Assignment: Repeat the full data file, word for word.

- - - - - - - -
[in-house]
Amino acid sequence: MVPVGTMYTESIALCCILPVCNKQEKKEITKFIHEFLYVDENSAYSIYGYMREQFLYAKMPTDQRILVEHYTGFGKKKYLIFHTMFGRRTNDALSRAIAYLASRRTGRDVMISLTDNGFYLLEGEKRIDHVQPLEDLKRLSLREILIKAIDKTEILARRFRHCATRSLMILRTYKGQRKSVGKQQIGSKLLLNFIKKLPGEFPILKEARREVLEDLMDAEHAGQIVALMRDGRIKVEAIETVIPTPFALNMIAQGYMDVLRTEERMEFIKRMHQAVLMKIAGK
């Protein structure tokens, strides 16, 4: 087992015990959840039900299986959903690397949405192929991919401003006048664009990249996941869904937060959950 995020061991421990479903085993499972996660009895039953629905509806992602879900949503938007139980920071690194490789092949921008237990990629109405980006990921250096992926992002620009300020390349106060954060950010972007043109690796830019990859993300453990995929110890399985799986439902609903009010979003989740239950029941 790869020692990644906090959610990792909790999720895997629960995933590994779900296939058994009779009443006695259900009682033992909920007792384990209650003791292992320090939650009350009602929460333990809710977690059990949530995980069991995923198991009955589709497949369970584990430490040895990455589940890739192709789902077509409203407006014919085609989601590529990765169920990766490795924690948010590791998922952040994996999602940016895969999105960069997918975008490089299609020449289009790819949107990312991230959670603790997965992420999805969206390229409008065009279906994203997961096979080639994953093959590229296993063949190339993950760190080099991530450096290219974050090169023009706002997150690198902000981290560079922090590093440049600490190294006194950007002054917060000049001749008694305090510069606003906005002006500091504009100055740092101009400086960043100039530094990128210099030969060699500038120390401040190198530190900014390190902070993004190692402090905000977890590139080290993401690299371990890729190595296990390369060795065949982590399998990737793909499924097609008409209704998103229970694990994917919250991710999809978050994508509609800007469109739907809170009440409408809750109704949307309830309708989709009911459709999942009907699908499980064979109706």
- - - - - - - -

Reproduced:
[in-house]
Amino acid sequence: MVPVGTMYTESIALCCILPVCNKQEKKEITKFIHEFLYVDENSAYSIYGYMREQFLYAKMPTDQRILVEHYTGFGKKKYLIFHTMFGRRTNDALSRAIAYLASRRTGRDVMISLTDNGFYLLEGEKRIDHVQPLEDLKRLSLREILIKAIDKTEILARRFRHCATRSLMILRTYKGQRKSVGKQQIGSKLLLNFIKKLPGEFPILKEARREVLEDLMDAEHAGQIVALMRDGRIKVEAIETVIPTPFALNMIAQGYMDVLRTEERMEFIKRMHQAVLMKIAGK
């Protein structure tokens, strides 16, 4: 087992015990959840039900299986959903690397949405192929991919401003006048664009990249996941869904937060959950 995020061991421990479903085993499972996660009895039953629905509806992602879900949503938007139980920071690194490789092949921008237990990629109405980006990921250096992926992002620009300020390349106060954060950010972007043109690796830019990859993300453990995929110890399985799986439902609903009010979003989740239950029941 790869020692990644906090959610990792909790999720895997629960995933590994779900296939058994009779009443006695259900009682033992909920007792384990209650003791292992320090939650009350009602929460333990809710977690059990949530995980069991995923198991009955589709497949369970584990430490040895990455589940890739192709789902077509409203407006014919085609989601590529990765169920990766490795924690948010590791998922952040994996999602940016895969999105960069997918975008490089299609020449289009790819949107990312991230959670603790997965992420999805969206390229409008065009279906994203997961096979080639994953093959590229296993063949190339993950760190080099991530450096290219974050090169023009706002997150690198902000981290560079922090590093440049600490190294006194950007002054917060000049001749008694305090510069606003906005002006500091504009100055740092101009400086960043100039530094990128210099030969060699500038120390401040190198530190900014390190902070993004190692402090905000977890590139080290993401690299371990890729190595296990390369060795065949982590399998990737793909499924097609008409209704998103229970694990994917919250991710999809978050994508509609800007469109739907809170009440409408809750109704949307309830309708989709009911459709999942009907699908499980064979109706």